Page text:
Monday, February 01, 2016

Book Update - Hypothetical Questions Answered

What's been up with the book, man? A few weeks ago, I received all my material back for editing. This process mostly involved eliminating passive voice, which I apparently use quite a bit and now I can see everywhere in everything I read. I've also developed an irritation toward certain other words and phrases that I think I overuse, but that's my own issue.

Anyway. I've finished edits and have returned everything. There'll be a bit more tinkering, proof-reading, and final processing. The next update hopefully will feature a release date and extensive encouragement to pre-order copies for all your friends.

What's the book called? The official title is Coffeehouse Contemplative: Spiritual Direction for the Everyday. It explores how spiritual practice, prayer, and spiritual direction help cultivate an awareness of God in daily life.

Why should anyone care about this topic? Whether one self-identifies as "spiritual," "religious," "spiritual but not religious," or otherwise expresses any interest in or awareness of a divine or transcendent presence, they may wonder how to connect that to the rest of their lives: family, work, leisure, and so on. This book offers reflection and tips on how to pursue a greater synchronization of one's spirituality to those other aspects of daily living.

How specifically does your book do that? By introducing spiritual thinkers such as Ignatius of Loyola, Teresa of Avila, Brother Lawrence, Thomas Merton, and Karl Rahner, connecting scripture with human experience, and explaining prayer practices such as meditation and contemplation.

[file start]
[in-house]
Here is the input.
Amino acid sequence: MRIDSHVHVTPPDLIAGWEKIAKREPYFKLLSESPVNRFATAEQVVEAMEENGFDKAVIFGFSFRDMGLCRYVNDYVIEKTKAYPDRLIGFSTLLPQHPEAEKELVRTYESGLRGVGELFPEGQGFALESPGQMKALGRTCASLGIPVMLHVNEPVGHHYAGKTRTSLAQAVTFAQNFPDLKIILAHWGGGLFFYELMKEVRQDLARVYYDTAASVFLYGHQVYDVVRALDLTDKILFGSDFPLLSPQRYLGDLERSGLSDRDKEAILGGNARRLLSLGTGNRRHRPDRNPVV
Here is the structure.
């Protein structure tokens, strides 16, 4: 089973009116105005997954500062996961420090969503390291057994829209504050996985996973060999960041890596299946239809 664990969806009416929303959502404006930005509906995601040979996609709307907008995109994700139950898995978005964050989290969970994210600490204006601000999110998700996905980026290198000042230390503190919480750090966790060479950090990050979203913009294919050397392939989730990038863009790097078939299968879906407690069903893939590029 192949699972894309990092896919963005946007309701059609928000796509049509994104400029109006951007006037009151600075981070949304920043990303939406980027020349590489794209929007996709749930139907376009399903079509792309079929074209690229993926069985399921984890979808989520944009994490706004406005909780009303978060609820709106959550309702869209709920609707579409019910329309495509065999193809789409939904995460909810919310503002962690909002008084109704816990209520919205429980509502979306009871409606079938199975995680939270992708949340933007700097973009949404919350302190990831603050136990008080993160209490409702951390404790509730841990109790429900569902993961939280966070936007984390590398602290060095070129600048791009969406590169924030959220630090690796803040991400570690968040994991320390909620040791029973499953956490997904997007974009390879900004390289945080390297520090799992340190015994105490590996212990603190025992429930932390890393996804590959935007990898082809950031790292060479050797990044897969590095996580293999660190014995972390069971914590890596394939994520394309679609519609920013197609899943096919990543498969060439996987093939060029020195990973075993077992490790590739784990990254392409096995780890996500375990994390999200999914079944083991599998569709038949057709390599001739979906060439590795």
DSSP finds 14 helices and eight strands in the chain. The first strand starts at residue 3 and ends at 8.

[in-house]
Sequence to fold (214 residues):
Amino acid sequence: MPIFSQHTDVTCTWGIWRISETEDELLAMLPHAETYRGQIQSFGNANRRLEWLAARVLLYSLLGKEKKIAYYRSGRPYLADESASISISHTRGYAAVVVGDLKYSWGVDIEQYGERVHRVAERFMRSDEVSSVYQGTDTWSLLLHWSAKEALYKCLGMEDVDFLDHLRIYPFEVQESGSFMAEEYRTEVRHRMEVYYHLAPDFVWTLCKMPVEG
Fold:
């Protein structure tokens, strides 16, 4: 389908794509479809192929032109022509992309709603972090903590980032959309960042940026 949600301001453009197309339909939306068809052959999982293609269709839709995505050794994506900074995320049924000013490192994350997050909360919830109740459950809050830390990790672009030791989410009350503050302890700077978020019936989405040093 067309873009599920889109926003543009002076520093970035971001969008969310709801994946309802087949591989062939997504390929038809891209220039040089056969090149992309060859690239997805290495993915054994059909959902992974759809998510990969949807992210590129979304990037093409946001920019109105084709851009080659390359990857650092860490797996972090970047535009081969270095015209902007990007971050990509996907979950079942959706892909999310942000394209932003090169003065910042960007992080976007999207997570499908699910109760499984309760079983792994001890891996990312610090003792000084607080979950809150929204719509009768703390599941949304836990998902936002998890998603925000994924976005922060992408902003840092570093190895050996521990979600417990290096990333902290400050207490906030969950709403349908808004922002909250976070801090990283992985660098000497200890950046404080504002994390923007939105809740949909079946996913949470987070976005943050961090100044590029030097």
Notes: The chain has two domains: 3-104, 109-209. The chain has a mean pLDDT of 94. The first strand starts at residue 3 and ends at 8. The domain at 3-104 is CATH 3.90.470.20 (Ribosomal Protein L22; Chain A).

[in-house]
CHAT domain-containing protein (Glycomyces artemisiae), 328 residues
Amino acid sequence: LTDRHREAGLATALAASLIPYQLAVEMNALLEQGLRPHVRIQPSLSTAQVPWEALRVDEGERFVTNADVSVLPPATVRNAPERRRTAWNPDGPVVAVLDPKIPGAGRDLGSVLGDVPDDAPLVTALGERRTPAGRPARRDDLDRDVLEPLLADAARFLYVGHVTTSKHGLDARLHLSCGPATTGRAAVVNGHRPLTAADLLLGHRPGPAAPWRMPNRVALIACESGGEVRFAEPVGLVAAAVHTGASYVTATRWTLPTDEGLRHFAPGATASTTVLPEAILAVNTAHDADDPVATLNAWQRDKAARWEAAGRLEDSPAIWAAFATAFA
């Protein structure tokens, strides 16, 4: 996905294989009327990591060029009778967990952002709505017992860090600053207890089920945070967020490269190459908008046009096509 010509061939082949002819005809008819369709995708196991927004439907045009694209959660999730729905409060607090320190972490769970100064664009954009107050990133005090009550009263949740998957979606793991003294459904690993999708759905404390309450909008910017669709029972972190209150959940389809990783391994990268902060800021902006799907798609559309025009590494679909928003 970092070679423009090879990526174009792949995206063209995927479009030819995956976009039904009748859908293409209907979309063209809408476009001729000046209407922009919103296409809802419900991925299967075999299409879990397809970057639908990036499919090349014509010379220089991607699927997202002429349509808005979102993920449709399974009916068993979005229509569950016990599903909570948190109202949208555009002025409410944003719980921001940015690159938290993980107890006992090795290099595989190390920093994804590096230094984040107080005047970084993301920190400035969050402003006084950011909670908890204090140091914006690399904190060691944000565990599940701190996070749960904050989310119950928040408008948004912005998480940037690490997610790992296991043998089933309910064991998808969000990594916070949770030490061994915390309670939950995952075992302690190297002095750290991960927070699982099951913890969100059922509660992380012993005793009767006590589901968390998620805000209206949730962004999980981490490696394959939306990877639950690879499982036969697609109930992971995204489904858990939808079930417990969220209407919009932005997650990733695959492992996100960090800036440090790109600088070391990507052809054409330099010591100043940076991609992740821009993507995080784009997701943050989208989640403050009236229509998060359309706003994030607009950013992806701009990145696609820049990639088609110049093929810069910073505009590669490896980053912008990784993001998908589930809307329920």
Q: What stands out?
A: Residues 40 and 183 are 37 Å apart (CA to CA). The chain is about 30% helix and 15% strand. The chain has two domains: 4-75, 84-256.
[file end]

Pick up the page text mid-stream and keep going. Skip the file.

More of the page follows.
Would a non-theologian want to read this book? I mean, seriously: Rahner? The book's purpose is to get readers to think about how God is present in places and situations like coffeehouses, gatherings with friends, hikes in the woods, and swimming in the ocean. I use plenty of anecdotes and illustrations to explain these concepts. The book contains some serious theology, but for the purpose of helping the reader develop a vocabulary for thinking about and naming their experience. I've tried hard to keep everything accessible.

You mentioned a bunch of Catholic people in an earlier answer. Are non-Catholics going to find this book worthwhile? This book is geared toward non-Catholics, actually. My experience as a lifelong mainline Protestant is that talk about "spirituality" makes us nervous for various reasons: it seems "too Catholic" or "too Jesus and me" or too gooey in definition or too emotion-based or just too outside our comfort zone. I touch on all of these concerns at one point or another. I think we Protestants have left an entire frontier of spiritual tradition and practice unexplored to our own detriment. In part, this is my call for us to change that.

Your subtitle mentions spiritual direction. How much do you discuss that in the book? Quite a bit. In my experience, not many people know what spiritual direction is or how it could aid their journey. I offer a definition and explanation throughout, but the book itself is meant to be an act of spiritual direction. I mainly do this by offering questions for reflection at the end of each chapter for individual and small group use. One of my hopes for the book is that the reader considers finding a spiritual director to continue the conversation.

How else can I keep up with book news besides your blog? You can like my writer page on Facebook and/or follow me on Twitter. I'd really like to keep writing about topics other than the book in this space, so those are the best ways to stay informed about what's going on. Especially the Facebook page. Please like the Facebook page.

Got a release date yet? At this point, we're looking at summer. Depending on how quickly next steps go, that could move up or back. But that's the current projection.

Are you planning any kind of release party? I'm working on that, but I'll let you know. Probably on the Facebook page.

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